The effects of DFID’s cash transfer programmes on poverty and vulnerability
UK aid is succeeding in alleviating extreme poverty through its support for cash transfer programmes
ICAI examined how well the Department for International Development (DFID) used cash transfer programmes to reduce poverty and vulnerability.
The review found that the transfers – which include any regular payments made to individuals or households – had consistently increased incomes and consumption levels among some of the world’s poorest people, and presented a strong value for money case.
The review awarded DFID a ‘green-amber’ score concluding the cash transfer programmes – which amount to an average spending of £201 million a year – were making a good impact, but could achieve even more.
The review found that cash transfers had helped to make vulnerable people more resilient to shocks such as ill health or bad weather effecting farms, by encouraging them to save and giving them access to credit.
It found that DFID-supported cash transfers had met some but not all of their targets for improving school attendance, and that work on health and nutrition, and women’s empowerment could be improved.
The review acknowledged the importance of DFID’s work with national governments to improve and extend access to cash transfers to the most needy – building sustainable systems and reducing future aid dependency.
However, it said there was a lack of a clear, strategic approach to providing governments with technical assistance or metrics for monitoring the impact of its system-building efforts.
Based on the review, ICAI made a series of recommendations for improving DFID’s performance in cash transfers:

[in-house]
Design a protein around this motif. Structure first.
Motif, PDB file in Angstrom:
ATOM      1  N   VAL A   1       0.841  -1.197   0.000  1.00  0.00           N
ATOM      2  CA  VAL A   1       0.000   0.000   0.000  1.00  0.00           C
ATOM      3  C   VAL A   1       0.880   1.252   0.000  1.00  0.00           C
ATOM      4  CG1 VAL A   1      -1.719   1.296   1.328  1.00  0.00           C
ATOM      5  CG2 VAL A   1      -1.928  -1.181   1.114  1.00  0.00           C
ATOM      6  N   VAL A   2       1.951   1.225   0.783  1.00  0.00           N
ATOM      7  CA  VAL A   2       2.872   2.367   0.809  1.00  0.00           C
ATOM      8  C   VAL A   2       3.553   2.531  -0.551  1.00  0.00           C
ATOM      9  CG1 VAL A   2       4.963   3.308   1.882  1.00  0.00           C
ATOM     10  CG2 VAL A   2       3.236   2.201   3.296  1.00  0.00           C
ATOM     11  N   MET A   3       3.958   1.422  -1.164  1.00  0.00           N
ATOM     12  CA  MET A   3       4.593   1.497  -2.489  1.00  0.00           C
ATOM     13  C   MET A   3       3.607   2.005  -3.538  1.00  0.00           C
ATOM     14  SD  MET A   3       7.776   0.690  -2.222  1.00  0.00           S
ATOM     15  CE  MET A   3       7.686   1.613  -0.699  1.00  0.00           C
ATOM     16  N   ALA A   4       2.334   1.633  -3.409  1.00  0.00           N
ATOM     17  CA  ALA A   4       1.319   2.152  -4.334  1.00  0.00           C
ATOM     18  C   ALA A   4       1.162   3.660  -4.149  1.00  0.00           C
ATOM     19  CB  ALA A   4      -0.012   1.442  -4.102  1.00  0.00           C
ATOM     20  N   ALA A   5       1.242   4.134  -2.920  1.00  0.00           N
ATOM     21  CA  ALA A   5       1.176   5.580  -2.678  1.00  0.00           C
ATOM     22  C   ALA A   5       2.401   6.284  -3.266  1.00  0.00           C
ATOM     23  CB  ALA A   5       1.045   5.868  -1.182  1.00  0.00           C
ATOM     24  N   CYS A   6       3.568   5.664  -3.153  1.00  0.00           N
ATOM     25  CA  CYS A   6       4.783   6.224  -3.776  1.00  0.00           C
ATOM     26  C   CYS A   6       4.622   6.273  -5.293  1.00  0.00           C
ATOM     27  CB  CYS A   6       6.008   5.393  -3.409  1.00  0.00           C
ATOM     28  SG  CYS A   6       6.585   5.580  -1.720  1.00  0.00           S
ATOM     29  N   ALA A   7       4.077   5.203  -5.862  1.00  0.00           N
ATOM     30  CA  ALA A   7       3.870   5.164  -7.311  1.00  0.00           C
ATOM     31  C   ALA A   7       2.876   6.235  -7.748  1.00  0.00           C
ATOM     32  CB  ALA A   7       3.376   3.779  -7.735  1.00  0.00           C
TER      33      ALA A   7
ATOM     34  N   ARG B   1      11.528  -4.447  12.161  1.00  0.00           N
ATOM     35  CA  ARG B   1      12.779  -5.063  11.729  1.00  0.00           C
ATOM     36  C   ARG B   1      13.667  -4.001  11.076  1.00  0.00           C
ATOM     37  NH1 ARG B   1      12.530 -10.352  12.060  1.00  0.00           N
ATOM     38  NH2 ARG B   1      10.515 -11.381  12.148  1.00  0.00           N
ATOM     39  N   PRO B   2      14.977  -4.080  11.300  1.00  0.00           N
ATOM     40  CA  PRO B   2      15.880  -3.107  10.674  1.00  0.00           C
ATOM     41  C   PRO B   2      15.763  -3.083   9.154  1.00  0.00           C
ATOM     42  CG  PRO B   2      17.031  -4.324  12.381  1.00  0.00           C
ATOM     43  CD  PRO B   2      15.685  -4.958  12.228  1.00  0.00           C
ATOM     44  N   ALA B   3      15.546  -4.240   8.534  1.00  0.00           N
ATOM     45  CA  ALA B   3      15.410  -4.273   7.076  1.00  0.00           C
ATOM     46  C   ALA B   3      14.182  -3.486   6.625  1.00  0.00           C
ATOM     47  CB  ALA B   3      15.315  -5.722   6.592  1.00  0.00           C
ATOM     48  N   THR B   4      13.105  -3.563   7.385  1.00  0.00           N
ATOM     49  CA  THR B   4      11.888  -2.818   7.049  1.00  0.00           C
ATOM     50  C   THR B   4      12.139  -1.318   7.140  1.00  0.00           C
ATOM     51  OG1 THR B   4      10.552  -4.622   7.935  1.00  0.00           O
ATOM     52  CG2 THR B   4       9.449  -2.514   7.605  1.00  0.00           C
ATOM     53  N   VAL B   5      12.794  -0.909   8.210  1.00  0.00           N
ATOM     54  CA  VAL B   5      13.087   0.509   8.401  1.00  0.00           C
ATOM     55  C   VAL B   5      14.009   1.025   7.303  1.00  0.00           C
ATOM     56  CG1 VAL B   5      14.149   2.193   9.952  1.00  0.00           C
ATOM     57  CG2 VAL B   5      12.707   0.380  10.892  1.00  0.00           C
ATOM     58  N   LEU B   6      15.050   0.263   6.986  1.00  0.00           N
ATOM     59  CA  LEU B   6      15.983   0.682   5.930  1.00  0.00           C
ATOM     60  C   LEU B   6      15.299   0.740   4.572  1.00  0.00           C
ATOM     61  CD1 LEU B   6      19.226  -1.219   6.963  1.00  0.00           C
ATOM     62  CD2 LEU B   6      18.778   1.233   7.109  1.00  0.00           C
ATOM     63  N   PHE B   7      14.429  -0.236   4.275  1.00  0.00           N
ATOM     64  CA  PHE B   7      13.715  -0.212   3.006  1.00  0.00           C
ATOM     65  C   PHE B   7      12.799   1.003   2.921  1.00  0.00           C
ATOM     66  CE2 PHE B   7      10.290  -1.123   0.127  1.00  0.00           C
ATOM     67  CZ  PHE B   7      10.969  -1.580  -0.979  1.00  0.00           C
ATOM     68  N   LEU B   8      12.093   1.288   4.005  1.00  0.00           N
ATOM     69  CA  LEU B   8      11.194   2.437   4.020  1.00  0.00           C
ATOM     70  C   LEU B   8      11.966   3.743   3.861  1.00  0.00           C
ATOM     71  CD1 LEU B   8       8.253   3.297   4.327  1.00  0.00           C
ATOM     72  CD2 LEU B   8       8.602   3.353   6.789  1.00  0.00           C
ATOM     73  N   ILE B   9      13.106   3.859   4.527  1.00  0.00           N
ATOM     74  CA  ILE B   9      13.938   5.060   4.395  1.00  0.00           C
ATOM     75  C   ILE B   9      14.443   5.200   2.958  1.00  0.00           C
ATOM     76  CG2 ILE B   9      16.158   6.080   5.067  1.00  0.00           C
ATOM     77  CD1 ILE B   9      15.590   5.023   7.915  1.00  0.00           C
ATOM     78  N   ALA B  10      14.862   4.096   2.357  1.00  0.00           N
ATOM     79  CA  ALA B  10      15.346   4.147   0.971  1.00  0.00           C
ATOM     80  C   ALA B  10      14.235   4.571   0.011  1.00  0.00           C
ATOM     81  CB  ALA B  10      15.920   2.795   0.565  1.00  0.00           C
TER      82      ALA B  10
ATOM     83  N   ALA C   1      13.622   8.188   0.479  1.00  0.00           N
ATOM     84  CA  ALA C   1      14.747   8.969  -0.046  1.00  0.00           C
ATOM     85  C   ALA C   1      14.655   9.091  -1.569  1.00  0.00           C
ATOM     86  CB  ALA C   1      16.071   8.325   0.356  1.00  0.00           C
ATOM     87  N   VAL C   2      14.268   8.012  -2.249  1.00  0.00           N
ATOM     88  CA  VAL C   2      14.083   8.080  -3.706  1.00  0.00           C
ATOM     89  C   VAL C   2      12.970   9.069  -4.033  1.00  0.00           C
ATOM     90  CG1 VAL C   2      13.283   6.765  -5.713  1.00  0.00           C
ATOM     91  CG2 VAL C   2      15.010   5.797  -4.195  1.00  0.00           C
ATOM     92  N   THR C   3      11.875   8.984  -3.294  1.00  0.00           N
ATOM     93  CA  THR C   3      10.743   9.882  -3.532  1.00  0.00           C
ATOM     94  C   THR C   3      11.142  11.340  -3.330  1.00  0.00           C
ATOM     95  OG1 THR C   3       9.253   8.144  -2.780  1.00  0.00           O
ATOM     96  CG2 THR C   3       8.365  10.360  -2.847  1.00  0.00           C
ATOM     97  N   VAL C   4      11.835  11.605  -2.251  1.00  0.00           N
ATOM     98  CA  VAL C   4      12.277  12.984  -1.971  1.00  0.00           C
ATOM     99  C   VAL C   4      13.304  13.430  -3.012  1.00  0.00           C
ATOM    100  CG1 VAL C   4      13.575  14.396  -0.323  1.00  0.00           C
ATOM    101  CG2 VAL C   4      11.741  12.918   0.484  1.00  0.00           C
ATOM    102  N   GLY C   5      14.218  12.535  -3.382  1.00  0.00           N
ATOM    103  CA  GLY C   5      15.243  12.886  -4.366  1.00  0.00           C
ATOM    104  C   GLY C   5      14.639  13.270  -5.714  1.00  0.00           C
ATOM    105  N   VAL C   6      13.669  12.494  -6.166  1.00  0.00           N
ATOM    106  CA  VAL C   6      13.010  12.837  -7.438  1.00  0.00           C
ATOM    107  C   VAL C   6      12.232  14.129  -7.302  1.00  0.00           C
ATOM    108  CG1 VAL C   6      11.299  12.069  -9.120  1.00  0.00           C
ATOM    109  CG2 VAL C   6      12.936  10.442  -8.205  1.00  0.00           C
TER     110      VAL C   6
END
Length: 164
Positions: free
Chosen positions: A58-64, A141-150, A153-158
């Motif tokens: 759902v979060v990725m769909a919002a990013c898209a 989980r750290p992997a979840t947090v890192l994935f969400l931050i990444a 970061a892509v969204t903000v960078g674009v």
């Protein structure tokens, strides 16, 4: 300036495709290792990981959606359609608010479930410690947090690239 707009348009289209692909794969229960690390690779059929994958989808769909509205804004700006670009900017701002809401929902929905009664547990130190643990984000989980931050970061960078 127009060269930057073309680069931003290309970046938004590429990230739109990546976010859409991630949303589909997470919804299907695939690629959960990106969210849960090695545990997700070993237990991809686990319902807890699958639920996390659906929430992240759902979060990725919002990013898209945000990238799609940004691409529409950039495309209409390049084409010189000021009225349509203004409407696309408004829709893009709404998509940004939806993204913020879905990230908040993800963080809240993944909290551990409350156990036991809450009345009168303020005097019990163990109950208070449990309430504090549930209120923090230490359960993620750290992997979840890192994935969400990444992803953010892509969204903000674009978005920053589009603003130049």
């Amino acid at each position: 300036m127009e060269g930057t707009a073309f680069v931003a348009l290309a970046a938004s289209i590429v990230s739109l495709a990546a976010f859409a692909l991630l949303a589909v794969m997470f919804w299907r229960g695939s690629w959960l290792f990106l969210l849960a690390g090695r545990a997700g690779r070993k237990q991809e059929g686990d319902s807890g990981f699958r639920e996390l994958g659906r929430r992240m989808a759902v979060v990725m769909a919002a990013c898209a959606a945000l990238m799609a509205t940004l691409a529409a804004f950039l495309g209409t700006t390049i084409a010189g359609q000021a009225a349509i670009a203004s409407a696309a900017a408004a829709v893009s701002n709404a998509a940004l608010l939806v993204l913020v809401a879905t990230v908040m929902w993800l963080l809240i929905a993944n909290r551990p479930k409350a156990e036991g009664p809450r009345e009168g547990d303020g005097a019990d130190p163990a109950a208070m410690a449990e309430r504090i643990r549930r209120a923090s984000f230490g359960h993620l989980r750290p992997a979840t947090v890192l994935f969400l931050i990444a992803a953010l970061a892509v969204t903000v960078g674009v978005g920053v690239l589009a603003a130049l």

- DFID should consider options for scaling up its contributions to cash transfer programmes where there is appropriate national government commitment.
- DFID should be clearer about the specific aims of its cash transfer programmes, and ensure that these aims are reflected in programme design and monitoring.
- DFID should do more on women’s empowerment in cash transfer programmes, by rigorously monitoring both results and risks and supporting innovation.
- DFID should take a more strategic approach to its technical assistance to national cash transfer systems.
The government publishes a response to all ICAI reviews. You can read the government’s response to ICAI’s review of DFID’s cash transfer programmes online.
International Development Committee
Parliament’s International Development Committee (IDC), or its ICAI sub-committee, hold hearings on all ICAI reviews. You can watch the IDC hearing on our review of DFID’s cash transfer programmes online.
ICAI’s follow up
This review will be included in ICAI’s next follow up report, due to be published in summer 2018.